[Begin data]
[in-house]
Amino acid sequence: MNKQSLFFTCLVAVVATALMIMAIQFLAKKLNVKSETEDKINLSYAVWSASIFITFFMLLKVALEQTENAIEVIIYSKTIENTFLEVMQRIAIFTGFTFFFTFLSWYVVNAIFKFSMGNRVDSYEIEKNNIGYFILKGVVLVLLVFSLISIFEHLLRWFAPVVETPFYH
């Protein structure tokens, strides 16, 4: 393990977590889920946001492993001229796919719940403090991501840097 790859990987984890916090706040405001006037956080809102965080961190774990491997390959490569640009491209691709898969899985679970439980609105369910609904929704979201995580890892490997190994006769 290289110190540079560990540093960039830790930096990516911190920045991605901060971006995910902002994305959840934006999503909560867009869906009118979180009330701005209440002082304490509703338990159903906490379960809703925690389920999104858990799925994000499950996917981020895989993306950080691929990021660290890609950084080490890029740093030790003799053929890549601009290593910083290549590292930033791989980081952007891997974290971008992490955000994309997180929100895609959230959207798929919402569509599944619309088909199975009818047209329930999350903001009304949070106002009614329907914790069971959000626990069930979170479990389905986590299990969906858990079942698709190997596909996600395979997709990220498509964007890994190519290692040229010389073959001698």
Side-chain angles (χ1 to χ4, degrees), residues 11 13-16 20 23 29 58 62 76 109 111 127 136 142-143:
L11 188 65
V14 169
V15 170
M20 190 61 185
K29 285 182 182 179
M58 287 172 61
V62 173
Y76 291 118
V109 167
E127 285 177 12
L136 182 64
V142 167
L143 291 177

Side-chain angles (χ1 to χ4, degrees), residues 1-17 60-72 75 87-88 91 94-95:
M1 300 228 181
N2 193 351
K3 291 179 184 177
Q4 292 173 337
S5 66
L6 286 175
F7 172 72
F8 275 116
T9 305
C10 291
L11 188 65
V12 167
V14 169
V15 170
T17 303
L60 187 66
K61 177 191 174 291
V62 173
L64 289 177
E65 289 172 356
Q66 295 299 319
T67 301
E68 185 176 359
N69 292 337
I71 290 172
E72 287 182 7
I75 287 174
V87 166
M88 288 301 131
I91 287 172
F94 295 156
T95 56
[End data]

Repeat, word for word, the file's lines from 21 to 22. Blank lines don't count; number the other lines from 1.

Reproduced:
K3 291 179 184 177
Q4 292 173 337